No. 161.Circuit Court of Appeals, Second Circuit.
January 18, 1932.
Appeal from the District Court of the United States for the Western District of New York.
Suit by the Carpenter-Hiatt Sales Company against the Clark Stek-O Corporation for infringement of patent No. 1,593,302. From a decree for the plaintiff holding the patent valid and infringed, defendant appeals.
Reversed, and the bill dismissed.
Harold E. Stonebraker, of Rochester, N.Y., for appellant.
J. William Ellis, of Buffalo, N.Y. (George F. Scull and Frank J. Kent, both of New York City, of counsel), for appellee.
Before MANTON, AUGUSTUS N. HAND, and CHASE, Circuit Judges.
MANTON, Circuit Judge.
The patent is for a cardboard basket liner that is used in accordance with the method and apparatus disclosed by an earlier patent owned by appellee, No. 1,573,341, issued February 16, 1926, on an application filed September 27, 1924. It was issued July 20, 1926, on an application filed January 23, 1926. There is one claim only, which reads: “As a new article of manufacture, a basket liner for use in packing fruit consisting of a weak endless wall, said wall initially possessing sufficient inherent strength to hold a column of fruit without any independent support before being applied within a basket, but of sufficient weakness to render it susceptible of yielding outward at any point under the pressure of the contents to permit it to compensate for irregularities in the inner wall of the basket.”
Infringement of the earlier patent is not claimed in this suit. The apparatus includes a facing base, a liner, and a reinforcing shell.
It is used in packing fruit, principally apples in bushel baskets. In packing the fruit, the reinforcing shell, with a cardboard liner inside, is placed upon the facing base constituting a temporary container in which the fruit is packed. When the pack is completed, the reinforcing shell is taken away and the paper liner temporarily supports the column of fruit while the basket or container is being placed thereover. Then the facing base, liner, and basket are inverted and the facing base is then removed and a cover placed over the container. All of this method is disclosed in the earlier Hiatt patent, and the liner there is set forth as made of pasteboard or of any desirable material to provide a relatively weak-walled jacket or liner. The liner of the patent in suit was intended to be used in the method and apparatus as above stated. The claim distinguishes it from the liner of the earlier patent in the following language: “Of sufficient weakness to render it susceptible of yielding outward at any time under the pressure of the contents to permit it to compensate for irregularities in the inner wall of the basket.”
The patentee reduced the thickness from 34 point to 14 point to obtain, as he says, “sufficient weakness to render it susceptible of yielding outward at any point under the pressure of the contents.” In plain language, this is merely making the liner thinner. The wall of the liner was continuous, as it necessarily had to be in order to temporarily maintain the pack of the fruit.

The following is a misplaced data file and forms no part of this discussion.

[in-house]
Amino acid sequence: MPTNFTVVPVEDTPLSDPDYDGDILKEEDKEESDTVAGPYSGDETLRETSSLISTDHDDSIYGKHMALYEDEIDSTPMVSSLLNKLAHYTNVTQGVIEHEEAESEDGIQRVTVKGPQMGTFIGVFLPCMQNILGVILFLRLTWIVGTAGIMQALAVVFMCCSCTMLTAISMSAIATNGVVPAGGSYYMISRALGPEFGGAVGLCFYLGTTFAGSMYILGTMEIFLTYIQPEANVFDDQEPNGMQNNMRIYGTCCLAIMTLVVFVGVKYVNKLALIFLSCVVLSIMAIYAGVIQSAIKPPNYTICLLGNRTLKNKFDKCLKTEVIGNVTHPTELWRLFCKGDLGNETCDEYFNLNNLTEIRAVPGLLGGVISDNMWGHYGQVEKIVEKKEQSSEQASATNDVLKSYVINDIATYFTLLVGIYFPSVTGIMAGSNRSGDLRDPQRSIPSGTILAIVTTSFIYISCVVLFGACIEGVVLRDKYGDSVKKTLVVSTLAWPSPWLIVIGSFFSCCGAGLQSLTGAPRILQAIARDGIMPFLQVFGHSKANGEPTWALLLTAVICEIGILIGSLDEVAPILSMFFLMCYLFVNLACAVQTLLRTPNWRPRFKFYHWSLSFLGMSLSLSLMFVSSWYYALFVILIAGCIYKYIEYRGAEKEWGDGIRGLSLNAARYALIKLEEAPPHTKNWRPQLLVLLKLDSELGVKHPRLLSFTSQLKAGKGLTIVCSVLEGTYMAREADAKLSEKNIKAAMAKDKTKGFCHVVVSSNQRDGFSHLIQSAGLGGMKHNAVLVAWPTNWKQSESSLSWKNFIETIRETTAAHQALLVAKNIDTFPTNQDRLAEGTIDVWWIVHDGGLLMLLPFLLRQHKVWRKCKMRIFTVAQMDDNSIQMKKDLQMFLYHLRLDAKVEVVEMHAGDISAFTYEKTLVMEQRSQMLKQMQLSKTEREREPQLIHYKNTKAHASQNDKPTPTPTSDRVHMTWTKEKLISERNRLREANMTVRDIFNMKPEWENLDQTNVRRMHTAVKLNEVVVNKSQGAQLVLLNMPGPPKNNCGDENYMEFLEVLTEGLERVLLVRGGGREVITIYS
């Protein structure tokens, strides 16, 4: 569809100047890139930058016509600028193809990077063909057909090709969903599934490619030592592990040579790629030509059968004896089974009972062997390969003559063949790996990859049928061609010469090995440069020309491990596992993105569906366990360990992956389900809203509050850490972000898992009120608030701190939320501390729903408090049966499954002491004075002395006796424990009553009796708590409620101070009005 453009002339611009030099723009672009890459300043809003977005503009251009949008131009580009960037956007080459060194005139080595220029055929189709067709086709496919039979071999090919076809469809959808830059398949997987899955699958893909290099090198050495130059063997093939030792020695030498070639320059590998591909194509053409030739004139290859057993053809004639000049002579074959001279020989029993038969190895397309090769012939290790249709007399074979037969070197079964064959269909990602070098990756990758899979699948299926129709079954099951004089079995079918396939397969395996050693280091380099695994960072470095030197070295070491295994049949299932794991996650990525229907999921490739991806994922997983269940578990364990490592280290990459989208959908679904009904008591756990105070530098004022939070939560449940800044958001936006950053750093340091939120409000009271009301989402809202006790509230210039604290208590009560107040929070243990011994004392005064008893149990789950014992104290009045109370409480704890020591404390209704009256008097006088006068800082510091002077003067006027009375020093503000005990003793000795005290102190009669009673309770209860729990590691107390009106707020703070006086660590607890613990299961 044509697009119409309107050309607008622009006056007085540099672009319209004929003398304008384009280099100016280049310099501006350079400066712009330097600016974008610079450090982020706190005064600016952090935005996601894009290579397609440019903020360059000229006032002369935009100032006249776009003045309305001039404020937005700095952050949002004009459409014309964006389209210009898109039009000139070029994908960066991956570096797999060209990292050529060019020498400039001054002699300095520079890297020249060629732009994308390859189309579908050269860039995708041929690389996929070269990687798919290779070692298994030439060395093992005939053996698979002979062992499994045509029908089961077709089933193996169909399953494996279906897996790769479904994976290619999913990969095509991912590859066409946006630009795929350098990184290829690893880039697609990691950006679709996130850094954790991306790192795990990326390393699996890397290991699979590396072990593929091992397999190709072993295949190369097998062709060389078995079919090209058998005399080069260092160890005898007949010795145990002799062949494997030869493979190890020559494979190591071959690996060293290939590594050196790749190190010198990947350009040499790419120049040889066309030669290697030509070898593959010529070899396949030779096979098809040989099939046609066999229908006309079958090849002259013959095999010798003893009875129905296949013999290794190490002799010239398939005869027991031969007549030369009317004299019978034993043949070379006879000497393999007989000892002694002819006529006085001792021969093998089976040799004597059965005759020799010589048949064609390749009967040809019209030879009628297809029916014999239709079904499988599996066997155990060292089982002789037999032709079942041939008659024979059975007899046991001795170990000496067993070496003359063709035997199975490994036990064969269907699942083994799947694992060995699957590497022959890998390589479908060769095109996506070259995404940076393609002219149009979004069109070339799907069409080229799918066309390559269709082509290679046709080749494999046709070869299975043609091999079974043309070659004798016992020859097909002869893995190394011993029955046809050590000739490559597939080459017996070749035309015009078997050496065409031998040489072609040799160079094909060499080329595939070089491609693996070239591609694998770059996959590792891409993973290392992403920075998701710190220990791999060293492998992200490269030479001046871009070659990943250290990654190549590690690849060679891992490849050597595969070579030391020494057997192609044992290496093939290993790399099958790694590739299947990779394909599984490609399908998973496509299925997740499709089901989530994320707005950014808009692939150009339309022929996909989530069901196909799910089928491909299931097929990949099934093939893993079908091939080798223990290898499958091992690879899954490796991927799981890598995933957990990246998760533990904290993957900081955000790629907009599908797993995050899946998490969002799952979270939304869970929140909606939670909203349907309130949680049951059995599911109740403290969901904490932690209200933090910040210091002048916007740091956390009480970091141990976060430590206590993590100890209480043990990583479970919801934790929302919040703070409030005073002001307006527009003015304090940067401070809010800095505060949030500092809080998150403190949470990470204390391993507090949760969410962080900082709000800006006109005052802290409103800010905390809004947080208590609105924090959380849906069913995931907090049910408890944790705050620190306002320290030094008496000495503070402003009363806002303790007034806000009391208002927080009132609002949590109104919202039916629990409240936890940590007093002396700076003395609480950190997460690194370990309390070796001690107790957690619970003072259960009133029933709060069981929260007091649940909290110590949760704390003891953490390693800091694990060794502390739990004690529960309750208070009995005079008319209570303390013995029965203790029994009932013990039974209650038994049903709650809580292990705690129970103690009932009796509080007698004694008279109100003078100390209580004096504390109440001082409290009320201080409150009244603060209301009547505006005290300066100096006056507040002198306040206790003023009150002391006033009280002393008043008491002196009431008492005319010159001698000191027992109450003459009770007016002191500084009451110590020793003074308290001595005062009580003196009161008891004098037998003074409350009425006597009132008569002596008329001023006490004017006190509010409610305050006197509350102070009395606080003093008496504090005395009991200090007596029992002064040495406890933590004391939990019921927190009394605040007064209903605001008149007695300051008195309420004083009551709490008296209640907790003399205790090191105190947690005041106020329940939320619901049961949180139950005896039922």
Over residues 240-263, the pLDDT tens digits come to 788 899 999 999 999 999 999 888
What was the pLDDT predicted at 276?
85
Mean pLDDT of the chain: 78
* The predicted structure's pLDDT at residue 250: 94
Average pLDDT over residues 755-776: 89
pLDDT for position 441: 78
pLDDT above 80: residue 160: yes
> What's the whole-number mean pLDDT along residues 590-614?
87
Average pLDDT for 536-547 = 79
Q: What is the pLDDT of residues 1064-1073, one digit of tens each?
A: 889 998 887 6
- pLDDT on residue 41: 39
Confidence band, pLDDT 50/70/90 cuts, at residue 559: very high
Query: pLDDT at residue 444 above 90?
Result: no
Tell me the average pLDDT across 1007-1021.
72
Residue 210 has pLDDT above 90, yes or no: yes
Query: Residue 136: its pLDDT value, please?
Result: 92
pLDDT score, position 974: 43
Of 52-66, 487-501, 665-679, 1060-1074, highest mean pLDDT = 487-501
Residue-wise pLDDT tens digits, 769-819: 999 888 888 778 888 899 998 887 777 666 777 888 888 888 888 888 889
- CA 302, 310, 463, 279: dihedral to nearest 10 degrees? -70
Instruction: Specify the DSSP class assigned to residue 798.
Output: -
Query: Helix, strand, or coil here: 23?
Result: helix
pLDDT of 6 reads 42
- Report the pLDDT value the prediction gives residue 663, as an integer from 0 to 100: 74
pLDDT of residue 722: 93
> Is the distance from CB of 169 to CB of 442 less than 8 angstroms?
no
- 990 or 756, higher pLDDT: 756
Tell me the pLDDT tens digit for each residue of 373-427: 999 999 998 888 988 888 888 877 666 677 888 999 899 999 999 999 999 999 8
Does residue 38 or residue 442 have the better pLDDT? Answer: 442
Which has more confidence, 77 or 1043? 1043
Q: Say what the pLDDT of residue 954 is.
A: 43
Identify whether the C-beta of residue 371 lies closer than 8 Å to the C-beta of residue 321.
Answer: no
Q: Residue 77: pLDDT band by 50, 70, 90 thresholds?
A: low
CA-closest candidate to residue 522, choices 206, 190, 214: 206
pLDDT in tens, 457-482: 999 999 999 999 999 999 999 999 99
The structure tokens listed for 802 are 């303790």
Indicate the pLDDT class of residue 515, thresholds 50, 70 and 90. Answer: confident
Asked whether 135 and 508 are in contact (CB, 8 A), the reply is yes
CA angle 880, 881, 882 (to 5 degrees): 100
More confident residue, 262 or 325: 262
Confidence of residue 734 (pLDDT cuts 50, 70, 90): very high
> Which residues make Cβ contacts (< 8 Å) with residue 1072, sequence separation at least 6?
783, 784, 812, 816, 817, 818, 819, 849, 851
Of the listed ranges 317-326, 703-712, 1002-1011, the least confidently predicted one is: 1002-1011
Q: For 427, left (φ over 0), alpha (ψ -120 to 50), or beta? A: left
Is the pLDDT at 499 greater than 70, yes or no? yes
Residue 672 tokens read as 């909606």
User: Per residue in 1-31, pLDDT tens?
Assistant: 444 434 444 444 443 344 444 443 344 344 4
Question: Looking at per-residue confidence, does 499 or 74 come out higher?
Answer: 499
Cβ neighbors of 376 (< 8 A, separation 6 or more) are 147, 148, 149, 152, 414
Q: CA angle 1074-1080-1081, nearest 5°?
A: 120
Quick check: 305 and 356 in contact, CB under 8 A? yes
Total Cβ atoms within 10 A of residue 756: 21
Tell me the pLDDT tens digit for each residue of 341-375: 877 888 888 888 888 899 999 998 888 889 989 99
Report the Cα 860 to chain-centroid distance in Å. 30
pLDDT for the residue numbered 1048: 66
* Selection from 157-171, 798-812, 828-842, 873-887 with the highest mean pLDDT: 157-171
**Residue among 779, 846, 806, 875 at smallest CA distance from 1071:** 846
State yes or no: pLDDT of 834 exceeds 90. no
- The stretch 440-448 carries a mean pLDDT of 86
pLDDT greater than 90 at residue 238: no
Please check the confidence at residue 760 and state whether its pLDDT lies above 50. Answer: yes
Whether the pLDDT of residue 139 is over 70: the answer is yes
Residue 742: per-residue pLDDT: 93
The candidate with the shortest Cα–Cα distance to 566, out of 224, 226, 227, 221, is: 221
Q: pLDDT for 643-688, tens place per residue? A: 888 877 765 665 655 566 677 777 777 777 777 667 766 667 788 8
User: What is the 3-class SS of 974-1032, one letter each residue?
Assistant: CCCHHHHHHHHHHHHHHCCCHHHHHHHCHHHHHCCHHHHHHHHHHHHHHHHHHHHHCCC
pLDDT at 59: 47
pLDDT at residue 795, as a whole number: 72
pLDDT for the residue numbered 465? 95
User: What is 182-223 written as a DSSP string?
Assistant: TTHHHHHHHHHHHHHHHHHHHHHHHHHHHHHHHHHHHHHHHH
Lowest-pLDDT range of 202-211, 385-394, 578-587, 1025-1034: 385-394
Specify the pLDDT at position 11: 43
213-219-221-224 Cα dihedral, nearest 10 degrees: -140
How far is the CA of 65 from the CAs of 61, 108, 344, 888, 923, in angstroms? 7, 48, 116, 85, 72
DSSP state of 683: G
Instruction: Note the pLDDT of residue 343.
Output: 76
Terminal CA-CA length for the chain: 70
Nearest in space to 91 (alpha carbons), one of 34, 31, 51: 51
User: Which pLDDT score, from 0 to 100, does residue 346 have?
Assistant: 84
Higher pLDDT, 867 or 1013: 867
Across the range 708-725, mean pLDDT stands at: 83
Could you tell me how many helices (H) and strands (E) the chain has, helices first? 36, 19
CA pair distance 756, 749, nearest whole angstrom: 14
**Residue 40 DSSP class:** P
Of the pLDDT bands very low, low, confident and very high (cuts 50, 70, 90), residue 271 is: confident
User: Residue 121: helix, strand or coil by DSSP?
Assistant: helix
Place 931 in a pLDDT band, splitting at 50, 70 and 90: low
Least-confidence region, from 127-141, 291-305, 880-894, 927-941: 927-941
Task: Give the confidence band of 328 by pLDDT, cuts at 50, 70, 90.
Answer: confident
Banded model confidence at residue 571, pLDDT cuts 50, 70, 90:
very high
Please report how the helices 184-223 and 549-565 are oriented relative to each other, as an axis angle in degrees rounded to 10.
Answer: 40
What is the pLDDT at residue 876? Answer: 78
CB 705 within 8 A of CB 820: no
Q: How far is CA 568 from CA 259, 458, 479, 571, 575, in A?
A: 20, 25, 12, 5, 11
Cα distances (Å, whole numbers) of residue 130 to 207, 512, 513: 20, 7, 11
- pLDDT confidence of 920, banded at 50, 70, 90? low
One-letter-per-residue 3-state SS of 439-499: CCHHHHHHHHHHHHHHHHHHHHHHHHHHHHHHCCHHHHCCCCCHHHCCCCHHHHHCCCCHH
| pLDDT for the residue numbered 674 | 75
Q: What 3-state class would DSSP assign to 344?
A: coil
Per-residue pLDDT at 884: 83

As appears from the dates the application of the earlier patent and the patent in suit were copending in the Patent Office. The first patent may not be regarded as prior art to the patent in suit, Victor Talking Machine Co. v. American Graph. Co. (C.C.A.) 145 F. 350; Traitel Marble Co. v. Hungerford (C.C.A.)22 F.2d 259 at page 261; and we do not so hold. We refer to the earlier patent, however, for the purpose of indicating the use made of the liner of the patent in suit for which infringement is claimed.
But there is no inventive thought in view of the patent to Stout, No. 500,303, granted June 27, 1893. Stout’s patent was used principally for packing candy. He employed a packing board suitably arranged to fill in a top layer in a tub or other container; upon this packing board he placed an open-ended liner or shell of pasteboard fitting the interior of the receptacle to be packed, which he supported during the packing process with a ring passed down over the liner to hold it centrally in place. The ring performed a function which the liner of the patent in suit is claimed to perform. The liner is held in place during the completion of the up-ended pack, and when the container is placed over it, the liner serves the use which is claimed for the alleged invention in suit. The limitation placed upon the patent in suit of a liner of sufficient weakness to yield outward under pressure of the fruit pack, does not add anything patentable to what Stout suggested. Stout’s patent had a liner with the characteristic of yielding, where it became necessary, to accommodate the irregularity of the size of the container, and would serve as well in packing apples in baskets or containers as in packing candy in a tub.
There is no inventive thought in merely changing the size or degree of the liner. American Road-Machine Co. v. Pennock Sharp Co., 164 U.S. 26, 17 S. Ct. 1, 41 L. Ed. 337; French v. Carter, 137 U.S. 239, 11 S. Ct. 90, 34 L. Ed. 664; Glue Co. v. Upton, 97 U.S. 6, 24 L. Ed. 985; E. Fredericks v. Eugene, 3 F.2d 543
(C.C.A. 2); Thomas Lasting Wave Co. v. E. Fredericks, 277 F. 186 (C.C.A. 2).
In view of this state of the art, what the patentee accomplished here did not constitute inventive thought, and the bill must be dismissed.